Pri­vati­sa­tion: the road to ruin

The Pak Banker - - 4editorial - Lal Khan

The rulers and their ex­perts in Pak­istan do not have a clue about what they are faced with and how to avert the im­pend­ing eco­nomic dis­as­ter. Since the late1970s, all regimes have con­tin­ued to slav­ishly fol­low the dic­tates of the im­pe­ri­al­ist fi­nan­cial in­sti­tu­tions

As the coun­try plunges into even greater eco­nomic de­cline, the cus­to­di­ans of this sys­tem in its ter­mi­nal de­cay call for mea­sures that, in­stead of re­triev­ing, will fur­ther ex­ac­er­bate the al­ready ad­verse con­di­tions so­ci­ety is af­flicted with. Al­most all the po­lit­i­cal par­ties and the dom­i­neer­ing in­tel­li­gentsia and ex­perts are cry­ing hoarse for the im­ple­men­ta­tion of an aus­ter­ity regime and the recipes of trickle-down or sup­ply side eco­nom­ics.

The mantra of pri­vati­sa­tion, dereg­u­la­tion, lib­er­al­i­sa­tion, re­struc­tur­ing and down­siz­ing is be­ing par­roted by the lead­ing lights among opin­ion mak­ers of the rul­ing classes. Their ideas and so­lu­tions are a poor im­i­ta­tion of those ex­perts and eco­nomic strate­gists of the west that have proved to be a mis­er­able fail­ure with the eco­nomic col­lapse of the last pe­riod.

Al­though eco­nom­ics is not an ex­act sci­ence, the refu­ta­tion of the pre­dic­tions of these ex­perts by con­crete re­al­ity speaks vol­umes about their so-called ex­per­tise and ex­ag­ger­ated claims of the glo­ri­ous fu­ture of cap­i­tal­ism. A for­mer chief of the US Fed­eral Re­serve dur­ing the years of the 'un­end­ing' and 'ev­er­last­ing' boom of the 1990s and the first years of this mil­len­nium, Alan Greenspan, had to say the fol­low­ing when the re­cent crash rat­tled the world econ­omy: " Un­less some­body can find a way to change hu­man na­ture, we will have more crises" ( Time, Septem­ber 21, 2009).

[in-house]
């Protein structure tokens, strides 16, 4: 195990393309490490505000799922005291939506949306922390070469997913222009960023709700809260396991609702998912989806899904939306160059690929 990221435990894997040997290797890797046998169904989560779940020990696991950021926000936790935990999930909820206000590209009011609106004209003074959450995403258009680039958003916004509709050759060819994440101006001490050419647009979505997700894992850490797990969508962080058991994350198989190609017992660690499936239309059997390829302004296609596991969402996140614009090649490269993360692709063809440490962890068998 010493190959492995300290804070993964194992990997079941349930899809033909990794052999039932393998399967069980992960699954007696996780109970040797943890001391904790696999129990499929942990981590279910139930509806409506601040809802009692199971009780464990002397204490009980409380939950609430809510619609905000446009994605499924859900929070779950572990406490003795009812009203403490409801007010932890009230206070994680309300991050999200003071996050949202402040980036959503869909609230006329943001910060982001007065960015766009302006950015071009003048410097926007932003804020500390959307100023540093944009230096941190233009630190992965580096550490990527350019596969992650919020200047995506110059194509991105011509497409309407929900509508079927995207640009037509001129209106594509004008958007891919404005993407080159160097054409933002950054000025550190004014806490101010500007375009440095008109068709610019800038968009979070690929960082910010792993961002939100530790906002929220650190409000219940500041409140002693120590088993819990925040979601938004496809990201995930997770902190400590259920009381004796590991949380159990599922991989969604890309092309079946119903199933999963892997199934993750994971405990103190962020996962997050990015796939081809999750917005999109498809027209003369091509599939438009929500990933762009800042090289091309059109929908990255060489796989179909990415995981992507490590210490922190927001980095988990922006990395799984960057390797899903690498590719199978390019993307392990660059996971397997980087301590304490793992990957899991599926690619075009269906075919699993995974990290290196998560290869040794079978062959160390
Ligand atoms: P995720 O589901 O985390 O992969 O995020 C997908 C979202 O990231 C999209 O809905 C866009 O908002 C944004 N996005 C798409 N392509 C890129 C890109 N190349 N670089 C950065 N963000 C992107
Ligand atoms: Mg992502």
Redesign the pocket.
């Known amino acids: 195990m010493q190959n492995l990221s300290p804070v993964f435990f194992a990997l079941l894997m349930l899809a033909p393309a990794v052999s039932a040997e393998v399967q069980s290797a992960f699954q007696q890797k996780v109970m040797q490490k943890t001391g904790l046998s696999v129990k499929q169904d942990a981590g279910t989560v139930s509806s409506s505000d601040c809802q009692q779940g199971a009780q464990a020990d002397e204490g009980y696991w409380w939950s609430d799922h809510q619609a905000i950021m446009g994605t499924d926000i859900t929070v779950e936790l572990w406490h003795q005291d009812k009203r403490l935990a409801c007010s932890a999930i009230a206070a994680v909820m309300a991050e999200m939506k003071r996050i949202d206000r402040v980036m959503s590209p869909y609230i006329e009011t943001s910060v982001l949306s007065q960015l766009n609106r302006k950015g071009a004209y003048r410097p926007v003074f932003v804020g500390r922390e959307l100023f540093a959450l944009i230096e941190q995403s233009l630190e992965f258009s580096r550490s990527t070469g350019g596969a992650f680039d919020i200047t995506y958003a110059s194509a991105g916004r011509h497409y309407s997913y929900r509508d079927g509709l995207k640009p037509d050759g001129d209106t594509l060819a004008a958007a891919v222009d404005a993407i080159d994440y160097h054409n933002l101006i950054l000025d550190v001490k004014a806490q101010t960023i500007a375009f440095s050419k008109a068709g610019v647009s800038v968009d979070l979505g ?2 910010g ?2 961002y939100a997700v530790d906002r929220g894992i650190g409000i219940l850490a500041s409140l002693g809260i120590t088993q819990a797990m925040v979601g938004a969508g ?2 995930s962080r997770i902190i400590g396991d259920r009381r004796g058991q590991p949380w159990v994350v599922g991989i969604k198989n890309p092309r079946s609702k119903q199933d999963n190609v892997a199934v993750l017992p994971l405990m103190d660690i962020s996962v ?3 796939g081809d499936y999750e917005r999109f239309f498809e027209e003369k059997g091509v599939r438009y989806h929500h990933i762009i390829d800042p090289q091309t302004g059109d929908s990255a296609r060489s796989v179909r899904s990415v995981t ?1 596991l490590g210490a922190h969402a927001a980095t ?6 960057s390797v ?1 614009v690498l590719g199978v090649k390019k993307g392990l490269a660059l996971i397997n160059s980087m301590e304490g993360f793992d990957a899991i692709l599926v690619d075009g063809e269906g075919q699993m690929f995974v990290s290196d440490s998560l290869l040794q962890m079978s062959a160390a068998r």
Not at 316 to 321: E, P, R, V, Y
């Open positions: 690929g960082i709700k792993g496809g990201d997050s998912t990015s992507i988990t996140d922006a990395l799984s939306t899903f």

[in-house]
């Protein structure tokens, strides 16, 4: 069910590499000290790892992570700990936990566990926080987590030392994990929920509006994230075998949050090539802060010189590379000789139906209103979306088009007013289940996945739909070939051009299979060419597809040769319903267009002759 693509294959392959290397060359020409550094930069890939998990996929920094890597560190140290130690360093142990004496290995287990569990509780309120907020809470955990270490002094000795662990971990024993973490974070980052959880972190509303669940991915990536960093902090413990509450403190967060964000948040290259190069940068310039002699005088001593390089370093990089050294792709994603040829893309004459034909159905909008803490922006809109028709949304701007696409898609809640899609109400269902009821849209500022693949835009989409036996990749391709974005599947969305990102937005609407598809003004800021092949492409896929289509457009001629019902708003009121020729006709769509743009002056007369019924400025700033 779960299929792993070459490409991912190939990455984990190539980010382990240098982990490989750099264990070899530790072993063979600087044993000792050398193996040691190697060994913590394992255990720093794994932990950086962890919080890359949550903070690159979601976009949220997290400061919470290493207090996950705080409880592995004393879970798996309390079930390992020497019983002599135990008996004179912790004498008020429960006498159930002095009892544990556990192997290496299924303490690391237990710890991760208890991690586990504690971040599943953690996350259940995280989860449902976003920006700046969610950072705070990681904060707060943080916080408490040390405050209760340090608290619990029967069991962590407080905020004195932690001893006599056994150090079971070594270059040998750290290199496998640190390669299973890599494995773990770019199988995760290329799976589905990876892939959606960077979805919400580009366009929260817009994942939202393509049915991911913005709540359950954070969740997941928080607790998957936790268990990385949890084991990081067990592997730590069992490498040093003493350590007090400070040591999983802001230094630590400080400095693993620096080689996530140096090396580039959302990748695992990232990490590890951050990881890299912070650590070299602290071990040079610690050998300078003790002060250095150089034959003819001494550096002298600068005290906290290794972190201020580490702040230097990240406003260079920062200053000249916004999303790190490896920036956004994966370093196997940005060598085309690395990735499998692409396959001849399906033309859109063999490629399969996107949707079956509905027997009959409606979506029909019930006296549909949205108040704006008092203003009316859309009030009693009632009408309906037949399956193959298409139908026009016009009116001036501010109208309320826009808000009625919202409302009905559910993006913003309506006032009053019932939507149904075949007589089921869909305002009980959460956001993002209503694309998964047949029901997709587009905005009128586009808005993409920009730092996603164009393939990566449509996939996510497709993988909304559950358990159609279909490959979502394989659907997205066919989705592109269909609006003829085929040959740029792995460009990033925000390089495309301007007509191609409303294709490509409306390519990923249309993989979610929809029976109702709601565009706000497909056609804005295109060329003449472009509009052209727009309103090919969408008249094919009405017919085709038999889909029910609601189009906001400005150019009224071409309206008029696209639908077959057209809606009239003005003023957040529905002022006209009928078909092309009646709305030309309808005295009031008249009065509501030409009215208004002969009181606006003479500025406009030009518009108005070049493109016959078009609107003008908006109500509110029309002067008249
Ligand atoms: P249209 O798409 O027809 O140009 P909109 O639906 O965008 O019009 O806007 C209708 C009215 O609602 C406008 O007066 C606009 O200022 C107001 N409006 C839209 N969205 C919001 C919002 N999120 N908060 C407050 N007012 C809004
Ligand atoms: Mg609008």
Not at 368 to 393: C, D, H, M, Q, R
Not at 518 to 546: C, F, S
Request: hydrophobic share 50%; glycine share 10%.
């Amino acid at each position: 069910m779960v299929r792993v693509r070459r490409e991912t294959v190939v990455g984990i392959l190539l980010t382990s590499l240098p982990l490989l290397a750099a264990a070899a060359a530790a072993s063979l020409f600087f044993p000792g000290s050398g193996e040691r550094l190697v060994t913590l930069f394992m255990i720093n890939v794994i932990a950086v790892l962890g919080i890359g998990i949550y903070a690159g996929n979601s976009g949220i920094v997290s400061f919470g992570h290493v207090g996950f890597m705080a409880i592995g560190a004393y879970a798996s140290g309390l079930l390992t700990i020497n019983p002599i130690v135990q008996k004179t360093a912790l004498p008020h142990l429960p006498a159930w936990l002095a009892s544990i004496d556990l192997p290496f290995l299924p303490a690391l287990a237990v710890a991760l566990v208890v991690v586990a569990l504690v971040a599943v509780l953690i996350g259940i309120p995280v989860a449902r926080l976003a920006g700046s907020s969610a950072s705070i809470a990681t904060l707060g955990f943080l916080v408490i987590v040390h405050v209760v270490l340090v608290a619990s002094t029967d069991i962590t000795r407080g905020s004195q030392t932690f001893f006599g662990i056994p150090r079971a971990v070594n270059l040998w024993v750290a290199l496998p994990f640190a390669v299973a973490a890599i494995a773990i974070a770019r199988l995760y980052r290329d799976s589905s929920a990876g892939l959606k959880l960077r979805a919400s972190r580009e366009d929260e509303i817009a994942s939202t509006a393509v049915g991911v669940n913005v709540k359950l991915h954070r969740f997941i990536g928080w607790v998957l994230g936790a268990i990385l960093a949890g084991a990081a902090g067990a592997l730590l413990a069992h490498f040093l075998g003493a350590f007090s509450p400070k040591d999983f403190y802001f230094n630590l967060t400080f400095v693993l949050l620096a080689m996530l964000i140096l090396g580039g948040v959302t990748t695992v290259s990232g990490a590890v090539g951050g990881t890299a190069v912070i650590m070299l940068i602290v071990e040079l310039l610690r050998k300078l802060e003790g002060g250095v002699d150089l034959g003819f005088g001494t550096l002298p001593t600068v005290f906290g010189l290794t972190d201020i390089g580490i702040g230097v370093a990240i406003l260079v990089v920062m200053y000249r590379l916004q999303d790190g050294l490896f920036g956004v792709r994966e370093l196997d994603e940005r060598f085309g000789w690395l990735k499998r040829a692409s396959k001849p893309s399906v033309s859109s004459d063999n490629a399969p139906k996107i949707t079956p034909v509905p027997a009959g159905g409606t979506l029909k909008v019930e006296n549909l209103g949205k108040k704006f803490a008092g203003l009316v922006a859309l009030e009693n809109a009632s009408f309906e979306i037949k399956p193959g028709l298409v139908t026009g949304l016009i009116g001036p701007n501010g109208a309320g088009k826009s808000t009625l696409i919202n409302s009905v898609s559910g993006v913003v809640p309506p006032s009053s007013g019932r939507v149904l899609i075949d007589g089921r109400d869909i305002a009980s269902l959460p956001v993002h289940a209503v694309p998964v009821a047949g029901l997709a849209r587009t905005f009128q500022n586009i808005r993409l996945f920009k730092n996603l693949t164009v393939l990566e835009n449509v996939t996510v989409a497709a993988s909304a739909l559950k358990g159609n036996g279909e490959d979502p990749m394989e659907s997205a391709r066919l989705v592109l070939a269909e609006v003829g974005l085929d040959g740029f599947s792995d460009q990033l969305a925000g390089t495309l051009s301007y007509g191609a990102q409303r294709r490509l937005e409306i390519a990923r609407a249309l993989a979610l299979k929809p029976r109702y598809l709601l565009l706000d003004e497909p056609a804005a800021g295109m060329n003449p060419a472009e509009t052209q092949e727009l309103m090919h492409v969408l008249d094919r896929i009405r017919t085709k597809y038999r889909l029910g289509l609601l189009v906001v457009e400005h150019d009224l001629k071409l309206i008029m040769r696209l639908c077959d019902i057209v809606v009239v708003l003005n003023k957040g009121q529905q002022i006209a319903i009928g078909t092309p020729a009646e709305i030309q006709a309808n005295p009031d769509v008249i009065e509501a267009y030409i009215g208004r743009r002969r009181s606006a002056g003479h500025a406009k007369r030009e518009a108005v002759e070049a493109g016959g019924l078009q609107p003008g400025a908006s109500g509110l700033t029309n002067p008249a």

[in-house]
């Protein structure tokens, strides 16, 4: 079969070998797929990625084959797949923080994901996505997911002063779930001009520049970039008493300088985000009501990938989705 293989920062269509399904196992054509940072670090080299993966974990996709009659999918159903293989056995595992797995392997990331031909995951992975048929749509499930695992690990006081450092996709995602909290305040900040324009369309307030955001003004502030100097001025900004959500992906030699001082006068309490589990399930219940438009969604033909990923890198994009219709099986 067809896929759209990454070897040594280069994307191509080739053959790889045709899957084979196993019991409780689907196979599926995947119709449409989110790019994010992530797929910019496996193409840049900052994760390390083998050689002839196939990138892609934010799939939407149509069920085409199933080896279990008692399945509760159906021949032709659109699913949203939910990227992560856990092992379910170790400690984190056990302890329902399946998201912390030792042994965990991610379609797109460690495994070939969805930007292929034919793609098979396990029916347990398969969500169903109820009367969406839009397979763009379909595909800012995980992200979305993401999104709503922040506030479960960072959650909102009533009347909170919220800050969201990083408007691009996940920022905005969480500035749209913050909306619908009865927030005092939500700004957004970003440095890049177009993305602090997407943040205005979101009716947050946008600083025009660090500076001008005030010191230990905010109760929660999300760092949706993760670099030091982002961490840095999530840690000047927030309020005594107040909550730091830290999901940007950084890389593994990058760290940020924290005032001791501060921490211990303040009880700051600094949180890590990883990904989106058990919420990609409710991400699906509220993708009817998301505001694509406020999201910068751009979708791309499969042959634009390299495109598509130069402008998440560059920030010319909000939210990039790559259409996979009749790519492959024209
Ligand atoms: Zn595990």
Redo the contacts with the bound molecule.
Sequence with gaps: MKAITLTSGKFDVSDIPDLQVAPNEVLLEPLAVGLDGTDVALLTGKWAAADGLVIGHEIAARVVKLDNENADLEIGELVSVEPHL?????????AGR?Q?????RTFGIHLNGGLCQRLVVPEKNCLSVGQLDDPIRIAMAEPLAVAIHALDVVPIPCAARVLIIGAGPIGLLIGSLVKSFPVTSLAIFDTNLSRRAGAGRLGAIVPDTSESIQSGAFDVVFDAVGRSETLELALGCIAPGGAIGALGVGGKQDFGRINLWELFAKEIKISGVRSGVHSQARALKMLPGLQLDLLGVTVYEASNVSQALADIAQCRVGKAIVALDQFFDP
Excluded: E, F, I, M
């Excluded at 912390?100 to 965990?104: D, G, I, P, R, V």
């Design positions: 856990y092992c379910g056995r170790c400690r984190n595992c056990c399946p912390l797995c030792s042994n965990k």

What this cel­e­brated bour­geois econ­o­mist, a one­time dar­ling of the im­pe­ri­al­ists, fails to un­der­stand is that it is con­di­tions that de­ter­mine con­scious­ness and not oth­er­wise. The his­tor­i­cally ob­so­lete and re­dun­dant sys­tem that has failed to de­velop the means of pro­duc­tion and hence so­ci­ety, needs to be over­thrown. It is only through a so­cial­ist trans­for­ma­tion of the so­cio-eco­nomic sys­tem that hu­man na­ture will have a chance to surge ahead and change.

In a re­cent ar­ti­cle, po­lit­i­cal the­o­rist Alan Woods wrote, "The boom years were largely based on a vast ex­pan­sion of credit, which was re­flected in a huge in­crease in pri­vate debt lev­els be­fore the cri­sis, and un­prece­dented lev­els of pub­lic debt af­ter it. Af­ter a drunken binge comes a se­vere han­gover."